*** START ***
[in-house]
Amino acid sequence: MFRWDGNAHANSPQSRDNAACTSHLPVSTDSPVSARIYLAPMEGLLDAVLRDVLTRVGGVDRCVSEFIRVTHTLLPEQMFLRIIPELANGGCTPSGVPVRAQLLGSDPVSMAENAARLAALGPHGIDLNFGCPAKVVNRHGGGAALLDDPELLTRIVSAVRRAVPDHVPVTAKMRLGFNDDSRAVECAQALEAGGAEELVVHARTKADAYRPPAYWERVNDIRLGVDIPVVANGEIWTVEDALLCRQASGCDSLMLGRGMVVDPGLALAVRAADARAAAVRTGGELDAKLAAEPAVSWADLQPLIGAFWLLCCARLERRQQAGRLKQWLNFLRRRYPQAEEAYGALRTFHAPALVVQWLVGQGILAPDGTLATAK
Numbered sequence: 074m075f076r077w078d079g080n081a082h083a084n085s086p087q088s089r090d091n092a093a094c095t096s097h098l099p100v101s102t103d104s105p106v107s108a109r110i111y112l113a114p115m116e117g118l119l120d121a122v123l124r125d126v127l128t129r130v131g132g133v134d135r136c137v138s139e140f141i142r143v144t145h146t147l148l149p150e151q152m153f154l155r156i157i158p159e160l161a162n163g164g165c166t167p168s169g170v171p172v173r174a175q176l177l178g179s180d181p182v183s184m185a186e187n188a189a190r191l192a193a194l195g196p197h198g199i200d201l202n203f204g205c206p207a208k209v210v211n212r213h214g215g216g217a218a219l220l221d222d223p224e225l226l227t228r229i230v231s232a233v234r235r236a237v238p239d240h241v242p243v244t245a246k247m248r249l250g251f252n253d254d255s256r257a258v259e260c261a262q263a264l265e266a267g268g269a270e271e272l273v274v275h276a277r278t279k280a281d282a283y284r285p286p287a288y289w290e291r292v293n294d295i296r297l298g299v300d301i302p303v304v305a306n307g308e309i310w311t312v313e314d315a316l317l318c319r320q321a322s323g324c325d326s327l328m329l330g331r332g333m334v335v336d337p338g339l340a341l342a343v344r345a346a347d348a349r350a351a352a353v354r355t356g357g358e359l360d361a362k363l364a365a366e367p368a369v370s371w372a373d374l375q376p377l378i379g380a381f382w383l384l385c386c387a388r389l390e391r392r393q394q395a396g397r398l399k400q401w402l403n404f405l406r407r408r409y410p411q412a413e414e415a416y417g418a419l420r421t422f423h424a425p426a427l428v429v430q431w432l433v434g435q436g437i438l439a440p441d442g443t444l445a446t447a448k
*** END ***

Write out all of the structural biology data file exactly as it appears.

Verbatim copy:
[in-house]
Amino acid sequence: MFRWDGNAHANSPQSRDNAACTSHLPVSTDSPVSARIYLAPMEGLLDAVLRDVLTRVGGVDRCVSEFIRVTHTLLPEQMFLRIIPELANGGCTPSGVPVRAQLLGSDPVSMAENAARLAALGPHGIDLNFGCPAKVVNRHGGGAALLDDPELLTRIVSAVRRAVPDHVPVTAKMRLGFNDDSRAVECAQALEAGGAEELVVHARTKADAYRPPAYWERVNDIRLGVDIPVVANGEIWTVEDALLCRQASGCDSLMLGRGMVVDPGLALAVRAADARAAAVRTGGELDAKLAAEPAVSWADLQPLIGAFWLLCCARLERRQQAGRLKQWLNFLRRRYPQAEEAYGALRTFHAPALVVQWLVGQGILAPDGTLATAK
Numbered sequence: 074m075f076r077w078d079g080n081a082h083a084n085s086p087q088s089r090d091n092a093a094c095t096s097h098l099p100v101s102t103d104s105p106v107s108a109r110i111y112l113a114p115m116e117g118l119l120d121a122v123l124r125d126v127l128t129r130v131g132g133v134d135r136c137v138s139e140f141i142r143v144t145h146t147l148l149p150e151q152m153f154l155r156i157i158p159e160l161a162n163g164g165c166t167p168s169g170v171p172v173r174a175q176l177l178g179s180d181p182v183s184m185a186e187n188a189a190r191l192a193a194l195g196p197h198g199i200d201l202n203f204g205c206p207a208k209v210v211n212r213h214g215g216g217a218a219l220l221d222d223p224e225l226l227t228r229i230v231s232a233v234r235r236a237v238p239d240h241v242p243v244t245a246k247m248r249l250g251f252n253d254d255s256r257a258v259e260c261a262q263a264l265e266a267g268g269a270e271e272l273v274v275h276a277r278t279k280a281d282a283y284r285p286p287a288y289w290e291r292v293n294d295i296r297l298g299v300d301i302p303v304v305a306n307g308e309i310w311t312v313e314d315a316l317l318c319r320q321a322s323g324c325d326s327l328m329l330g331r332g333m334v335v336d337p338g339l340a341l342a343v344r345a346a347d348a349r350a351a352a353v354r355t356g357g358e359l360d361a362k363l364a365a366e367p368a369v370s371w372a373d374l375q376p377l378i379g380a381f382w383l384l385c386c387a388r389l390e391r392r393q394q395a396g397r398l399k400q401w402l403n404f405l406r407r408r409y410p411q412a413e414e415a416y417g418a419l420r421t422f423h424a425p426a427l428v429v430q431w432l433v434g435q436g437i438l439a440p441d442g443t444l445a446t447a448k